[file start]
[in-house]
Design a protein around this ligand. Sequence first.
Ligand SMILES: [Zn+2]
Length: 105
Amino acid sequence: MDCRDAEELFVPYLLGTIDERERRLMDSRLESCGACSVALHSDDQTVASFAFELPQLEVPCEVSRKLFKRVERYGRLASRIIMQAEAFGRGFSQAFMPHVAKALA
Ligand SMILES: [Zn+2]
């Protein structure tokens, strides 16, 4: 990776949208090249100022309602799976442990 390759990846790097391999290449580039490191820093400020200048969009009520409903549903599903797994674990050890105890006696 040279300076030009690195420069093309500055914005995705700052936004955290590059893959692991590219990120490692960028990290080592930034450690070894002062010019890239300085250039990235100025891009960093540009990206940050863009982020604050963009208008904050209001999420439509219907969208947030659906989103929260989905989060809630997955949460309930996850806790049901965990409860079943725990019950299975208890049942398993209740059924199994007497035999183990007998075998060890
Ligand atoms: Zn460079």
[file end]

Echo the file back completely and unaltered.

[in-house]
Design a protein around this ligand. Sequence first.
Ligand SMILES: [Zn+2]
Length: 105
Amino acid sequence: MDCRDAEELFVPYLLGTIDERERRLMDSRLESCGACSVALHSDDQTVASFAFELPQLEVPCEVSRKLFKRVERYGRLASRIIMQAEAFGRGFSQAFMPHVAKALA
Ligand SMILES: [Zn+2]
């Protein structure tokens, strides 16, 4: 990776949208090249100022309602799976442990 390759990846790097391999290449580039490191820093400020200048969009009520409903549903599903797994674990050890105890006696 040279300076030009690195420069093309500055914005995705700052936004955290590059893959692991590219990120490692960028990290080592930034450690070894002062010019890239300085250039990235100025891009960093540009990206940050863009982020604050963009208008904050209001999420439509219907969208947030659906989103929260989905989060809630997955949460309930996850806790049901965990409860079943725990019950299975208890049942398993209740059924199994007497035999183990007998075998060890
Ligand atoms: Zn460079």